1998 986 Boxster - Black - SOLD
1984 944 - Red - SOLD
Old 05-09-2008, 05:43 PM
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I hope this is clear and helpful. It might help to save buying a new or rebuilt alternator. To give you some idea I paid about $80 to have a regulator shipped to me overnight. A rebuilt alternator is about $300, a new Porsche one is listed as being over $1000!
If anyone has any criticism, comments, or anything to add then please let me know.

One other comment on the differences between alternators should you need a new one. There are two different alternators for the 996 and 986 for the early year cars depending on transmission type. The only difference between them is the pulley. The automatic cars have a standard fixed pulley while the six speed cars have a one way roller bearing, or one way clutch, built into the pulley. The one way bearing/clutch works like a freewheel sprocket on a bicycle. On the alternator it will allow the engine to drive the alternator as long as the engine is not rotating slower than the alternator. If the engine speed drops then the alternator will carry on spinning freely until it slows down enough for the drive to resume. I won't go into detail, but this helps to reduce the loads on the drive belt which helps to lengthen belt life. There is a special tool available for $20-30 which allows you to remove the pulleys. You can also buy the pulley seperately, I'll see if I can find the part number and I'll post that.

Obviously I have a few spare regulators now. I will hang on to one of them for myself. If anyone else is looking for one then please PM me. Even if I don't have a spare left I may be able to locate one or suggest where to look.

Last edited by Aerkuld; 05-10-2008 at 08:47 AM..
Old 05-09-2008, 06:00 PM
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Great write-up

You did a wonderful job of explaining in detail and with pictures during DIY Alternator repair including where to get parts. Absolute asset to this site thanks.
Old 05-14-2008, 02:06 PM
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Nice writeup and great pictures! Thanks
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Old 05-15-2008, 08:25 AM
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Thank you very much.....I'll add this to my, very big, "how-to" binder.
Great job,
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Old 05-16-2008, 10:13 AM
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Very nice write-up, indead. I always like it when someone goes an 'unusual' route and saves some bucks in the process. Great job. I have to commend you on taking all these pictures. I ususally get so involved in my projects that I forget to snap them until it is too late....

One comment; I would add in big fat bold letters to disconnect the battery before working on the alternator. The alternator is connected straight to the positive terminal of the battery via a 16mm2 cable without any fuse or relay. If the ring connector touches the engine case it will fling melted metal around.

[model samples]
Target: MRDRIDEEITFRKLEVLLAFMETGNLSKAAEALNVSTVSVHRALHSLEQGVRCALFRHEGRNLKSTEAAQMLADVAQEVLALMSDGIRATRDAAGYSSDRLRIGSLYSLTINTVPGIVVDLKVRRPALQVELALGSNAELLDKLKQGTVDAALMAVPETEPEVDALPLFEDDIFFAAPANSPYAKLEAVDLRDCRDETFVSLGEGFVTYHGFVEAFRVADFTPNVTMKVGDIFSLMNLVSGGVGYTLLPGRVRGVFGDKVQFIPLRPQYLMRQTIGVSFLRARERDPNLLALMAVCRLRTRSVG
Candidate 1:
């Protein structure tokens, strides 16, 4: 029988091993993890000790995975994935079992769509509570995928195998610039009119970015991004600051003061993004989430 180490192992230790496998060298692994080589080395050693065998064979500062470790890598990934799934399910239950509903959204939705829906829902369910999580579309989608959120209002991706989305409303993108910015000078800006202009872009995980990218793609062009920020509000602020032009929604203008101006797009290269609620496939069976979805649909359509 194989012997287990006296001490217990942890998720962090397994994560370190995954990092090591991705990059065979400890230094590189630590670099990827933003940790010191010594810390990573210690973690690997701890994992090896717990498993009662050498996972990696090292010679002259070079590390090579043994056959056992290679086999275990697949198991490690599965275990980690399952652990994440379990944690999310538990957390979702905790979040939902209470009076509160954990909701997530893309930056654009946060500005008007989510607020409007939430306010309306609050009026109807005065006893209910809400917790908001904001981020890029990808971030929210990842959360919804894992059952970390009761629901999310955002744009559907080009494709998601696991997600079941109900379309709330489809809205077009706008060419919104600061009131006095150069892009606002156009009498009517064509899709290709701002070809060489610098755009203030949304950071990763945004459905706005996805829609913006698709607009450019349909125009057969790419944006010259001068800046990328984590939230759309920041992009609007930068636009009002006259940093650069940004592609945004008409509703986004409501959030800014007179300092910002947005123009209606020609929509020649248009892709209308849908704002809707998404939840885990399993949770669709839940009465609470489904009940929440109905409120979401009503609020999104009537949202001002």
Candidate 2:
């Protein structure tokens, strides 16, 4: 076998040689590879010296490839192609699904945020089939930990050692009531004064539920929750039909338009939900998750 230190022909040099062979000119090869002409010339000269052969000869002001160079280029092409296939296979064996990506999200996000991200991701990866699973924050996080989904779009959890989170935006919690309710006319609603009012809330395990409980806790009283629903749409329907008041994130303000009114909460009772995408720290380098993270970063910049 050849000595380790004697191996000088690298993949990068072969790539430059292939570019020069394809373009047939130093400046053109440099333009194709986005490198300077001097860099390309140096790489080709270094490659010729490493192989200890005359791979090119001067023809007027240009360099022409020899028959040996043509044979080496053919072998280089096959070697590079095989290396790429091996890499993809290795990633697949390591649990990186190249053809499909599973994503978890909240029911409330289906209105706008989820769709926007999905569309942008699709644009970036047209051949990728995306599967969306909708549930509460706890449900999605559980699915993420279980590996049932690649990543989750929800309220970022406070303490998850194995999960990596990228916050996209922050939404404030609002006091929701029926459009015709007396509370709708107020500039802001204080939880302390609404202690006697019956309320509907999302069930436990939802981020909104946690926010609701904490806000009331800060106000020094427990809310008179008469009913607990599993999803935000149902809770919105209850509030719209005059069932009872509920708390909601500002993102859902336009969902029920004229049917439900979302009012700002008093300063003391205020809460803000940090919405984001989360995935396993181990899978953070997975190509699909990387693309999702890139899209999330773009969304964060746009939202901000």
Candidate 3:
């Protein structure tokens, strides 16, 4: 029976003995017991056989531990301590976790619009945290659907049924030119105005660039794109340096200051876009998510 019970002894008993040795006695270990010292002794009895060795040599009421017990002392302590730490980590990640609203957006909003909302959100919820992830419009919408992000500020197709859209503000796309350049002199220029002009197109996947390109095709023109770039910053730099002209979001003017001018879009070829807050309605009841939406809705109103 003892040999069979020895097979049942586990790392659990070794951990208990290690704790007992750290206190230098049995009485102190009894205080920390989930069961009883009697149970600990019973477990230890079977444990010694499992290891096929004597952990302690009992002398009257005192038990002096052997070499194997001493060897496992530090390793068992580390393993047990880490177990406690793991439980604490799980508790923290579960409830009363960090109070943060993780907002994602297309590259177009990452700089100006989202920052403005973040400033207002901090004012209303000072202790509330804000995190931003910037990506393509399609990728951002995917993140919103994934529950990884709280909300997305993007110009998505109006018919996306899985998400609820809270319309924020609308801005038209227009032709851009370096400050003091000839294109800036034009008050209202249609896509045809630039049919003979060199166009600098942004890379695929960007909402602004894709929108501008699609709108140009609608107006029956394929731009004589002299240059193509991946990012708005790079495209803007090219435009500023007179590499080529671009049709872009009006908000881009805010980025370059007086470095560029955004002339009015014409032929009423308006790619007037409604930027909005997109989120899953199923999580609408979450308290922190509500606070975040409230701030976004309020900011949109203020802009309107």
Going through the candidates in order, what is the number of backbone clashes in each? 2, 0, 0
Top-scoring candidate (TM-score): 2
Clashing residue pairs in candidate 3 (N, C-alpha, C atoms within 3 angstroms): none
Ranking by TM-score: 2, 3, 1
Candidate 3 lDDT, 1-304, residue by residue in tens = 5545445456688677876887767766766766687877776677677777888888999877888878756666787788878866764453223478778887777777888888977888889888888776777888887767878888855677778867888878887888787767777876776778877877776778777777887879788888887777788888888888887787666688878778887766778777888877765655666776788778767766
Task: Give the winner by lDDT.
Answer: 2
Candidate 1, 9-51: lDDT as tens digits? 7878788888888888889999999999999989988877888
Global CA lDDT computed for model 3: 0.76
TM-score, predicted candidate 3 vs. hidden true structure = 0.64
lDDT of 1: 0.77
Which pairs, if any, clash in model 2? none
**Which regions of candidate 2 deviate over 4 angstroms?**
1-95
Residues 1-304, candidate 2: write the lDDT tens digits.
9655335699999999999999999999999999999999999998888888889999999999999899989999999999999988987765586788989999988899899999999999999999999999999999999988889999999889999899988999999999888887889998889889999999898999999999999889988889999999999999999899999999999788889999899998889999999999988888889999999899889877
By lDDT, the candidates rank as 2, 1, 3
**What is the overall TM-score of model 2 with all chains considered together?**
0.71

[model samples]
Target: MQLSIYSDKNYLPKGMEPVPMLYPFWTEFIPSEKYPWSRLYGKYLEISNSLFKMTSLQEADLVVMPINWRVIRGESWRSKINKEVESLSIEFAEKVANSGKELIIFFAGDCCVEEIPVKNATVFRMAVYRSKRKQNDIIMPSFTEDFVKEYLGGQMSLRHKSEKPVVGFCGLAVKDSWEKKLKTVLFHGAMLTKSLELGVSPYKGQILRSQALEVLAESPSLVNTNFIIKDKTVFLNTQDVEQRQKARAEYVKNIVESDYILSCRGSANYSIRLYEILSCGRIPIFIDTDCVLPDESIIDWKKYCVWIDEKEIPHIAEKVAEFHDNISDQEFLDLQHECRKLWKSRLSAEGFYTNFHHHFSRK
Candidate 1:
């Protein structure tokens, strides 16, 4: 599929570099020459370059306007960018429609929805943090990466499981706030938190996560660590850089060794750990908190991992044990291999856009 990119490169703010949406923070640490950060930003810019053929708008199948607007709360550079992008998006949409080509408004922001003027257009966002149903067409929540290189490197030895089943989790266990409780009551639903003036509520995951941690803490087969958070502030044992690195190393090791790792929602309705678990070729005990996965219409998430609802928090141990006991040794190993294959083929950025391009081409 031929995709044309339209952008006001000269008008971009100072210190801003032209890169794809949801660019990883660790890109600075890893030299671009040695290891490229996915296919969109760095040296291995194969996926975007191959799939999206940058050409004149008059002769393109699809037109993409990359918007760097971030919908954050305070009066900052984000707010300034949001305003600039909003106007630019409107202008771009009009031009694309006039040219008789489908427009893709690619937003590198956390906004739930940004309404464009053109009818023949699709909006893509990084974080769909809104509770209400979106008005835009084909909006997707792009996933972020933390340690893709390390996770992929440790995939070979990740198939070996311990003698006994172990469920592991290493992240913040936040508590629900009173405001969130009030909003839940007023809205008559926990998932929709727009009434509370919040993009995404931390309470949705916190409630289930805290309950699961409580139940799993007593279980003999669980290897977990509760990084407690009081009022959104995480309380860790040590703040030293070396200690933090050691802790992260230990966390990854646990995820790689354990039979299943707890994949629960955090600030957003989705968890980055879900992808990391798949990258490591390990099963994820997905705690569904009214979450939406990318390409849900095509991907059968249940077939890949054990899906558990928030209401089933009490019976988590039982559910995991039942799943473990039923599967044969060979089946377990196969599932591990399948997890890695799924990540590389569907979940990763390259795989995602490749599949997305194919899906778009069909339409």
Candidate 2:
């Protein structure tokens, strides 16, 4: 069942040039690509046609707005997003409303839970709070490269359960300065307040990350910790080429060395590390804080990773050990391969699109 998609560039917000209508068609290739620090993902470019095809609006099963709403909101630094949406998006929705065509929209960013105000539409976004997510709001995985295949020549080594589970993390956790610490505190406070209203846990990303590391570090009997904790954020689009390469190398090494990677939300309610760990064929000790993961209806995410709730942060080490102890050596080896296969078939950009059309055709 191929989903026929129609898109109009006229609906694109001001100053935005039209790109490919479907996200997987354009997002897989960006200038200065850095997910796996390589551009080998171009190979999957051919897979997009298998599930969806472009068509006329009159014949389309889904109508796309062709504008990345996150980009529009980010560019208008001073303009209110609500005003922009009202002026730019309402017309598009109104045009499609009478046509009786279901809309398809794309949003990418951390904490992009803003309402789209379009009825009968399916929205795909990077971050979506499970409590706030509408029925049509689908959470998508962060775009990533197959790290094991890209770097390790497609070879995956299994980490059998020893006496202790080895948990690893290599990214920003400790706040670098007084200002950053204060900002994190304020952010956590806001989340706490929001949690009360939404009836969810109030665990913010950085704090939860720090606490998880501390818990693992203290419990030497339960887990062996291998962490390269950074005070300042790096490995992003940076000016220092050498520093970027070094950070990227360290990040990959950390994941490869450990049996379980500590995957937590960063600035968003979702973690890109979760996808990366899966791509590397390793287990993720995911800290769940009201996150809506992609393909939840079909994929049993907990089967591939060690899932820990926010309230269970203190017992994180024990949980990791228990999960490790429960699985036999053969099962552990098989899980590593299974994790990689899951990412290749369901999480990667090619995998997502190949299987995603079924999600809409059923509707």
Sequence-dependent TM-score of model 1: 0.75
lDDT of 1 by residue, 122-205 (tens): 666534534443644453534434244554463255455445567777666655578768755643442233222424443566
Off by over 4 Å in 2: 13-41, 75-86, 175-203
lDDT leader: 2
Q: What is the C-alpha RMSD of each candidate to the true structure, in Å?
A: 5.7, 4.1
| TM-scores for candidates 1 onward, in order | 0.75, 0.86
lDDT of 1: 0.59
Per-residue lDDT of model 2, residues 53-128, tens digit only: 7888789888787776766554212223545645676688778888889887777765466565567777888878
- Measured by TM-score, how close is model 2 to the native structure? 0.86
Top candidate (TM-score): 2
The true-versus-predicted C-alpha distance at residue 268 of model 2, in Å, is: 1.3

Ingo
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Old 06-12-2008, 02:36 PM
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Sorry to resurrect a really old thread, but this was really helpful for me. I want to add one bit of caution for anybody replacing their V regulator: When you remove the screws holding the regulator to the alternator body, use lots of pressure. These screws require lots of force to turn them, and you are likely to strip the heads. If you do, getting them out will be a royal pain.
Old 12-23-2010, 02:02 PM
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Thumbs up Thank you

Hi

Just wanted to thank you for your superb DIY on replacing the voltage regulator. I found a link to it in the Porsche Club GB forum.

I had very similar symptoms to those described in your post, so I took the plunge and decided to use your DIY and put a new regulator on. Battery now charging perfectly for the small cost of 24 GBP instead of a new alternator and a big garage bill!

Your DIY is excellent, easy to follow with very useful photo's and tips.

Many thanks indeed.http://forums.pelicanparts.com/ultimate/smile.gif

Simon
996 C4
Sheffield
UK
Old 01-11-2012, 11:33 AM
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wow, many thanks for write up.

Last edited by sa321; 03-15-2012 at 12:00 AM..
Old 01-21-2012, 10:41 AM
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Very useful post indeed

Thanks Aerkuld for your truly comprehending post, saved me hundreds of pounds!! With your instructions I think this job is around a 2/10 in terms of difficulty so if anyone is reading this and thinking should I try thins myself I would say go for it. Worth noting that the tension of the fan belt is self adjusting so there is no need to worry about getting this correct. During the job I also noticed a couple of loose bolts and screws on my air box and a missing rubber airbox mount that my Porsche specialist clearly did not care about, needless to say I will not be giving them any further business.
Old 06-23-2012, 03:31 AM
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Indeed a great Article

As of sept. '12 Pelican is getting $37.50 for the Regulator. My '03 c2 had a 145 350 Regulator and new part I got was a 144-136. Same Item. Smooth and simple job. THANKS
Old 09-24-2012, 12:17 PM
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Great detail and photos made this a straightforward task.
I decided to go with a rebuilt alternator. Thanks !